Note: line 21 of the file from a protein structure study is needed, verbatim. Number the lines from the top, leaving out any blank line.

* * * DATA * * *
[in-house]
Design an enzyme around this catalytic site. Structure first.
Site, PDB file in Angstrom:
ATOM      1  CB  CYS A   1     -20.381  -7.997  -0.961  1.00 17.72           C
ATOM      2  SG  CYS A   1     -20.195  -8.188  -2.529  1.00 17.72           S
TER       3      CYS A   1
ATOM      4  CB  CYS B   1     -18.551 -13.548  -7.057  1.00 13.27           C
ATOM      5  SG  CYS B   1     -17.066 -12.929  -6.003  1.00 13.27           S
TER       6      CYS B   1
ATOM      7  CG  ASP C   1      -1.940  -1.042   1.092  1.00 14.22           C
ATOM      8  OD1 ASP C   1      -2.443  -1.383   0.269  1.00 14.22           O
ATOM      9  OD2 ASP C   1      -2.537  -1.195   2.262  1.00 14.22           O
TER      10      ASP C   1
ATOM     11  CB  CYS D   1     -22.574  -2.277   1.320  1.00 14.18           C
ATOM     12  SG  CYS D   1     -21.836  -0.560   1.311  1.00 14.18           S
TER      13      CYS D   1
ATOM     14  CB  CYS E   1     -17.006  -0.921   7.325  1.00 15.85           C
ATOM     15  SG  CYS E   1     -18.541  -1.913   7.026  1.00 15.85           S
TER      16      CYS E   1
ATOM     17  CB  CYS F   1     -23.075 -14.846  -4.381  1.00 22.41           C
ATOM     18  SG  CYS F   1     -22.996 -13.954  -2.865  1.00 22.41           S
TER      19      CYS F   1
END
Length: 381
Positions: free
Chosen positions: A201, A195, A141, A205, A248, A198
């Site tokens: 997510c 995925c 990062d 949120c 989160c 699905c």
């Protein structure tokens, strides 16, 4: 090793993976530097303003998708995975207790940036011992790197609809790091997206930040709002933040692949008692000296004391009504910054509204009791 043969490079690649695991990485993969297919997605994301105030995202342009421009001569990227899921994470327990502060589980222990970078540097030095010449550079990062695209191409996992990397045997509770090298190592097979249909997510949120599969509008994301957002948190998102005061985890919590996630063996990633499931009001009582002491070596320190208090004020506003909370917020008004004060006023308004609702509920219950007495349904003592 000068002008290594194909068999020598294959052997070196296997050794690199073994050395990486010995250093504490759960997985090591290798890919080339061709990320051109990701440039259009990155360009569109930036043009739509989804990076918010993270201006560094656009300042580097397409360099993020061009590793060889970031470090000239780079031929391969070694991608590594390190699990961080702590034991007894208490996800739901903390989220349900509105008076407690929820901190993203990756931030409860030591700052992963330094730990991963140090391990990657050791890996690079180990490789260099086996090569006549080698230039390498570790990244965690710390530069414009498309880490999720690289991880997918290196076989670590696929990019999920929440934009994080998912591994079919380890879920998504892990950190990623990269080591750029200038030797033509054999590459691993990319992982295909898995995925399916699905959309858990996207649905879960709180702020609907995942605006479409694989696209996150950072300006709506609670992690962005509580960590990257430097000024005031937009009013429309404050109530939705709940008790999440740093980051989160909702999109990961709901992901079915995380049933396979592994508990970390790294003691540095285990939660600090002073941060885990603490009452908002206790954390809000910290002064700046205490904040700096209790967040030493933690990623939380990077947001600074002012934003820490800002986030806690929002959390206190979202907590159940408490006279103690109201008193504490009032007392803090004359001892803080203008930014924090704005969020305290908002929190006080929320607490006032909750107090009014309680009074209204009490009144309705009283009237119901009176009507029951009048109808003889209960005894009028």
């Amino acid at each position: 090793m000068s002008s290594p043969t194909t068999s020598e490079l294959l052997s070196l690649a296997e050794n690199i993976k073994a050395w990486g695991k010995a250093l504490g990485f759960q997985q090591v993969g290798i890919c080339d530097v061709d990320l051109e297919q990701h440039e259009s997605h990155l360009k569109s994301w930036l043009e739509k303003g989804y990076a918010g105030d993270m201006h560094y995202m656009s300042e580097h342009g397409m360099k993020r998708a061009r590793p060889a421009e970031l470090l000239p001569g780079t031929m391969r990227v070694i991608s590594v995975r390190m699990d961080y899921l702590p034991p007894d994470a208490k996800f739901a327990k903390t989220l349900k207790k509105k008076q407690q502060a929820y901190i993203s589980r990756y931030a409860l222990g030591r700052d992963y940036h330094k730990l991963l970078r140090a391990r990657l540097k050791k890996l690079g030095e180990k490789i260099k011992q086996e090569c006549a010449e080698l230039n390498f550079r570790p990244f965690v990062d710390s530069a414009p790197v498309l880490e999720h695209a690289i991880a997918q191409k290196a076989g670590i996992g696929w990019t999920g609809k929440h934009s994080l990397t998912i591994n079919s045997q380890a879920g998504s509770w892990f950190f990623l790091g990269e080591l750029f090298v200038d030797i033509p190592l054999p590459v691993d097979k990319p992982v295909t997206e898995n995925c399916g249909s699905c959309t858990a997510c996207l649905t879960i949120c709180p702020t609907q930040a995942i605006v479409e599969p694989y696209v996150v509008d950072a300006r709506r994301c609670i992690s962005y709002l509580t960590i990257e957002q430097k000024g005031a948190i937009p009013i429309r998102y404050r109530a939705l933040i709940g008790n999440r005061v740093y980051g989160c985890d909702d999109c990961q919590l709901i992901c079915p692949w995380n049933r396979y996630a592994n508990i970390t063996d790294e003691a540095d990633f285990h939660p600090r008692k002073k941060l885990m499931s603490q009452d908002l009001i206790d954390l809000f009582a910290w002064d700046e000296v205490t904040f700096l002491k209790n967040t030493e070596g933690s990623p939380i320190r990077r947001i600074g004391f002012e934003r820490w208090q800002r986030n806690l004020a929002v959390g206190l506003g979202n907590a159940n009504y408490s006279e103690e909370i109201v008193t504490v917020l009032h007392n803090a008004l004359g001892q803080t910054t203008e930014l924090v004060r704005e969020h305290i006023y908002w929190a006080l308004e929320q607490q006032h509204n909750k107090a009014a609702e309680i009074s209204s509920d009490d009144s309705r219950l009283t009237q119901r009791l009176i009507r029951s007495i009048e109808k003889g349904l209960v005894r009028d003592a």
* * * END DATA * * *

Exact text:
ATOM     18  SG  CYS F   1     -22.996 -13.954  -2.865  1.00 22.41           S